During the summers of 1821 and 1822, while living at Hampstead, the English painter John Constable set up his easel at various elevated locales on the Heath and painted oil sketches of clouds, as many as 50 during the summer of 1822 alone, with notations on the back concerning such atmospheric conditions as the time of day and the direction and speed of the wind. At first, these studies included treetops or bits of buildings, as though to tether the sky to the earth below. Soon, however, all ties were cut. Constable painted the first of his pure cloud studies on Sept.13, 1821, with the notation: "One o'clock. Slight wind at North West, which became tempestuous in the afternoon, with rain all the night following." Constable was understandably proud of his achievement in these paintings. "You can never be nubilous," he told his friend Archdeacon John Fisher in 1823. "I am the man of clouds."Christopher Benfey, 'Head In The Clouds'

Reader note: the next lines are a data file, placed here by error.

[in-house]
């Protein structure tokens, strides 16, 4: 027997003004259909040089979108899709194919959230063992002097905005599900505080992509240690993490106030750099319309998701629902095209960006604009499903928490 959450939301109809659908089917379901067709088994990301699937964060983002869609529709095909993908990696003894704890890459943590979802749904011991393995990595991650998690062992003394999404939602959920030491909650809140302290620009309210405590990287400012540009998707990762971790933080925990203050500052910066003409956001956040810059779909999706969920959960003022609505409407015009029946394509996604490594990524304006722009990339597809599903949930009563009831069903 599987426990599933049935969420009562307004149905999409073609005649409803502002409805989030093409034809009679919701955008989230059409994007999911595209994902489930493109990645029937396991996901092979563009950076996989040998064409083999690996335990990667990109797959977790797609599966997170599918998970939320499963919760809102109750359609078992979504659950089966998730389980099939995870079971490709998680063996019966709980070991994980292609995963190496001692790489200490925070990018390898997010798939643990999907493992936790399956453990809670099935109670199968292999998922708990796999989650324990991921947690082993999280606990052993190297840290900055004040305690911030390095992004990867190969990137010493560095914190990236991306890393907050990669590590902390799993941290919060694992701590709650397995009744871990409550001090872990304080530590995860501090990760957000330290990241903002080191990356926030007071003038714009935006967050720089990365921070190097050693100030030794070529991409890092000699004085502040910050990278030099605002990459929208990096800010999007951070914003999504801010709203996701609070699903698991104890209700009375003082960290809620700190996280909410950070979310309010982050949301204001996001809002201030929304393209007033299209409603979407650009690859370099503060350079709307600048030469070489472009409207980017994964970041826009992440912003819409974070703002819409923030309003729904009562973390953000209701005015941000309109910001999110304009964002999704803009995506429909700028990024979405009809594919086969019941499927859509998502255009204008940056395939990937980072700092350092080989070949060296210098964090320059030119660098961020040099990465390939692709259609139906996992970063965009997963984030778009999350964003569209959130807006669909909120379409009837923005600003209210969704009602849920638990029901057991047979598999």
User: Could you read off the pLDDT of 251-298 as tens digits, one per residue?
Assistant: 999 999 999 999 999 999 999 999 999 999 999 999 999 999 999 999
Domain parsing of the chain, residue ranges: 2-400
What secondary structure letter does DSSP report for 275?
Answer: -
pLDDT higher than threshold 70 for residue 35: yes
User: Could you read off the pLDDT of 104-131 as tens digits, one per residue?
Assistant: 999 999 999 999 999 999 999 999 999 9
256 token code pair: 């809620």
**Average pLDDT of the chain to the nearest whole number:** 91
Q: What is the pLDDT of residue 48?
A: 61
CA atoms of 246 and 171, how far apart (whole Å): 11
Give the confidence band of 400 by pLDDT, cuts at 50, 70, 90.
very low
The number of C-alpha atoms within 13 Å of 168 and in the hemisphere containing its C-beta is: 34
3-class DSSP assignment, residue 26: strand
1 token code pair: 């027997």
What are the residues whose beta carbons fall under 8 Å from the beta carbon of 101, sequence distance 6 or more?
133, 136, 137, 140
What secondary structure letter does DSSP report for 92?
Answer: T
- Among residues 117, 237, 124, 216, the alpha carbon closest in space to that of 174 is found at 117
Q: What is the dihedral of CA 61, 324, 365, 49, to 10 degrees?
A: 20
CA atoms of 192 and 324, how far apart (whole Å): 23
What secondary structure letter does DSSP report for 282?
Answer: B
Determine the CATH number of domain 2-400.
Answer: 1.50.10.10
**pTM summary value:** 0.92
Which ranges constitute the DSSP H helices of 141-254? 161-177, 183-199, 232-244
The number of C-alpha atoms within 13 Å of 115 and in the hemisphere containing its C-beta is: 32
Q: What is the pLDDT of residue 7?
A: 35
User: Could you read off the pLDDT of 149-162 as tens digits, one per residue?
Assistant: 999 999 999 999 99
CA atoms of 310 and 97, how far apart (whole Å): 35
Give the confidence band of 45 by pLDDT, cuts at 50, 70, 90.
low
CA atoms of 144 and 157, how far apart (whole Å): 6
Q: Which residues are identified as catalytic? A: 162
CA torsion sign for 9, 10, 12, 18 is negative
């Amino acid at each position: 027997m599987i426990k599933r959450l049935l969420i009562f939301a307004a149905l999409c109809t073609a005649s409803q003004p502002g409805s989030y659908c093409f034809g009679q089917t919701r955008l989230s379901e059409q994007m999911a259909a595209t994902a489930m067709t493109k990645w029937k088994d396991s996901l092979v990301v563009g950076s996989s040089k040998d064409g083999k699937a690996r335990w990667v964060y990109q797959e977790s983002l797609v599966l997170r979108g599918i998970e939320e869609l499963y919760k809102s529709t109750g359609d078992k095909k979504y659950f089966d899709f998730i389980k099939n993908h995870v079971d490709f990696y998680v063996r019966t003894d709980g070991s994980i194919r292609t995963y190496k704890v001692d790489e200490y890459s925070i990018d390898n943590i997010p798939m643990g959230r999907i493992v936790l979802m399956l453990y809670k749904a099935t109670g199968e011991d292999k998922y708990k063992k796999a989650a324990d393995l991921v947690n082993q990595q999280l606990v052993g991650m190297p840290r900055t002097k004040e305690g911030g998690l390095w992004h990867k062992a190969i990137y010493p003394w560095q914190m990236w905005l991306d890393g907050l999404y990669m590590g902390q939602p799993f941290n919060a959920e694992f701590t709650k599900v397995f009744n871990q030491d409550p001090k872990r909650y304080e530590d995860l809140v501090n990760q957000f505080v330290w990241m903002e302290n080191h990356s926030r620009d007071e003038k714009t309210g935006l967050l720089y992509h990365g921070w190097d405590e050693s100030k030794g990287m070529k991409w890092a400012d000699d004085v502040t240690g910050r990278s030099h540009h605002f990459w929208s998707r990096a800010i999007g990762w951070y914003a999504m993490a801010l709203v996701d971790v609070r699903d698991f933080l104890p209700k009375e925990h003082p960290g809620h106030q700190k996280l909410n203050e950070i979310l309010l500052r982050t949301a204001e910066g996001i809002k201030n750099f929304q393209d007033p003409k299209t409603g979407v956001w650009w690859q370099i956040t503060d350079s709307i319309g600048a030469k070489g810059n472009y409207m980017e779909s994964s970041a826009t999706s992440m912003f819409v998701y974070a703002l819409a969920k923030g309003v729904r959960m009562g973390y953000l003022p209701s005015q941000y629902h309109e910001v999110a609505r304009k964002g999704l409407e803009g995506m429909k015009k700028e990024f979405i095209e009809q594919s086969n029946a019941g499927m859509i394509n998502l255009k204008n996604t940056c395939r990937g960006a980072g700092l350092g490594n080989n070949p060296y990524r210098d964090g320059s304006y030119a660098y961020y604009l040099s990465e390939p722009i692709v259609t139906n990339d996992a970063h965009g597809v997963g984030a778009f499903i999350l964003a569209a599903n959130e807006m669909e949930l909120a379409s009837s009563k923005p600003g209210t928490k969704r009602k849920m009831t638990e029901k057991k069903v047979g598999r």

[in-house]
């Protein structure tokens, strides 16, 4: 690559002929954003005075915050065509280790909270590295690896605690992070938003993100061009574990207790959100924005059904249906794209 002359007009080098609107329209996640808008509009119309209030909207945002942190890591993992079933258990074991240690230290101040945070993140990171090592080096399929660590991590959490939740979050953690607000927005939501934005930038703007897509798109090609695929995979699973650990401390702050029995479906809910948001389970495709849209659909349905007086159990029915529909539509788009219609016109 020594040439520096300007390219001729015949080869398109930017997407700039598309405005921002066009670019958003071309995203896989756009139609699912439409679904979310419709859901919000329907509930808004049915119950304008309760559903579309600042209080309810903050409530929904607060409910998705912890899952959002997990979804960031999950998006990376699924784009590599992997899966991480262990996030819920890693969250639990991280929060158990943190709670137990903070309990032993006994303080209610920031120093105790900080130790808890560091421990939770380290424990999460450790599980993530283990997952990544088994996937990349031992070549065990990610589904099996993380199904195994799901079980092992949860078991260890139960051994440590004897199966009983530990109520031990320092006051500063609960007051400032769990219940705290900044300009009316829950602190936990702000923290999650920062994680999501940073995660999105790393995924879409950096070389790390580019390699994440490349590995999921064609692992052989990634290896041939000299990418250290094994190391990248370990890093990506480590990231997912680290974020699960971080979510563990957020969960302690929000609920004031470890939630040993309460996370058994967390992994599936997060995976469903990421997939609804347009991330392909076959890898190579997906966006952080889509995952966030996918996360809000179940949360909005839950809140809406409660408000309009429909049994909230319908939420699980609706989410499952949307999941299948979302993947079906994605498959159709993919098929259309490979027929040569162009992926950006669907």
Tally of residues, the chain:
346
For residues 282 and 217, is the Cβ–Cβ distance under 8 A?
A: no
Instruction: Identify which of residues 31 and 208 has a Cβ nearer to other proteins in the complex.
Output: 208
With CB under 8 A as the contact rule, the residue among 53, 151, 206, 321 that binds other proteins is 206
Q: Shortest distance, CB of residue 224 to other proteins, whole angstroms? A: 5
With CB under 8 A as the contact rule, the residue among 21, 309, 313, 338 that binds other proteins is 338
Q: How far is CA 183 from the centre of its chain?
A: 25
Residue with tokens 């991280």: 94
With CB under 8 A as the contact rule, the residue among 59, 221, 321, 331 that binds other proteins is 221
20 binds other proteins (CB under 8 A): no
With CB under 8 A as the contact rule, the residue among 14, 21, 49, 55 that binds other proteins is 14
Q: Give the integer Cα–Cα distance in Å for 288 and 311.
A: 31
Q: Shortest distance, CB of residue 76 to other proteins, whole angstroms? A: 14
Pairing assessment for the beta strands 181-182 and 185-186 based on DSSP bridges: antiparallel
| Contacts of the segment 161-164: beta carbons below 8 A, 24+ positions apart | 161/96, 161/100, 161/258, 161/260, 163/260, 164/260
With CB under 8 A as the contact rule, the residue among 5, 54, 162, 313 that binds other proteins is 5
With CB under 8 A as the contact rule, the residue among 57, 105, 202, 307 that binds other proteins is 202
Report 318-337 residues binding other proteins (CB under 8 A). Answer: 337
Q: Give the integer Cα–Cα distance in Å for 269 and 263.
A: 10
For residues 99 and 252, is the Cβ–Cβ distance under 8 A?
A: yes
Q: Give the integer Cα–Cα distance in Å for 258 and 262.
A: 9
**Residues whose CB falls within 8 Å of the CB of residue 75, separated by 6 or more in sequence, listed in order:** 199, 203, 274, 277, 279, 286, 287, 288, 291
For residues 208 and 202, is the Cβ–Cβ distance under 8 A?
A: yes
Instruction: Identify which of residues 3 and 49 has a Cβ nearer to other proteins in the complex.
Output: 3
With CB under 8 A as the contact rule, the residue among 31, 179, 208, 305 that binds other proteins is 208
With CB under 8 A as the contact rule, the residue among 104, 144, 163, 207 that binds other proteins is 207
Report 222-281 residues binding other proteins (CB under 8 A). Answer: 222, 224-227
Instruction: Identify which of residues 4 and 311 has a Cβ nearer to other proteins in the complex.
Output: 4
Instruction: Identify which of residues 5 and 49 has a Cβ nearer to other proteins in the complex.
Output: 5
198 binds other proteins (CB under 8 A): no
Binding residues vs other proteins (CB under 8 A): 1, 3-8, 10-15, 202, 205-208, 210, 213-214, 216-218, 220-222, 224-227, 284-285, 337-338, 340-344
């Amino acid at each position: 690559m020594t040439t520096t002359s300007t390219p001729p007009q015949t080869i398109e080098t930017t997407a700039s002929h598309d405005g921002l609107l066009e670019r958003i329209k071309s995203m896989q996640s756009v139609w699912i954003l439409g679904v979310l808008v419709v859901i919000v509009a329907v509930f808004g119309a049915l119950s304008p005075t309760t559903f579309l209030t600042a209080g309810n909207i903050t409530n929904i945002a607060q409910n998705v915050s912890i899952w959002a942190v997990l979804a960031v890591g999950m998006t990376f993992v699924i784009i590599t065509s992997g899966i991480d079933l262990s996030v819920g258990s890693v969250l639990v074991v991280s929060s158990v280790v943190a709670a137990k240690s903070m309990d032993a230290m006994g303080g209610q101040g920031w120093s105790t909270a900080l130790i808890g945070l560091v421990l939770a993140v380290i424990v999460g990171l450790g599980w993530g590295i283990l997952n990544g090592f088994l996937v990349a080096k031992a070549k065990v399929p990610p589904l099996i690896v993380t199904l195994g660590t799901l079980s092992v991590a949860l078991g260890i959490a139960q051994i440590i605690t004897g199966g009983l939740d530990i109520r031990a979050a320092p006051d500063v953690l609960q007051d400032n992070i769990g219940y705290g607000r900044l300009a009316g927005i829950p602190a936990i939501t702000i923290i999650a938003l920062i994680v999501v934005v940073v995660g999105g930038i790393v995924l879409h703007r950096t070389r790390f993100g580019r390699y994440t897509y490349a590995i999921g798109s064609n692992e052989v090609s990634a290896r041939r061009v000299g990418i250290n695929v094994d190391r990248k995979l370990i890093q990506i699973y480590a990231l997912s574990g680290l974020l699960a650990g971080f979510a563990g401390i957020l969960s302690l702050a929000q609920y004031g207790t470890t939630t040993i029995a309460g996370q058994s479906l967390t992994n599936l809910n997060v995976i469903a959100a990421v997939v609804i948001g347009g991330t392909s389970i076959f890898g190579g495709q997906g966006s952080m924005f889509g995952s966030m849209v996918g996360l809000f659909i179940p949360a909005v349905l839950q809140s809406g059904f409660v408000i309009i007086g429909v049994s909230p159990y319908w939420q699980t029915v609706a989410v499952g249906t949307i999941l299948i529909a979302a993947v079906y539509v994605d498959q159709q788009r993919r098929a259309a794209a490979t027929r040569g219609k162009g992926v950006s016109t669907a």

Constable's cloud studies are on a short list of art I dream of buying if I ever become a captain of industry.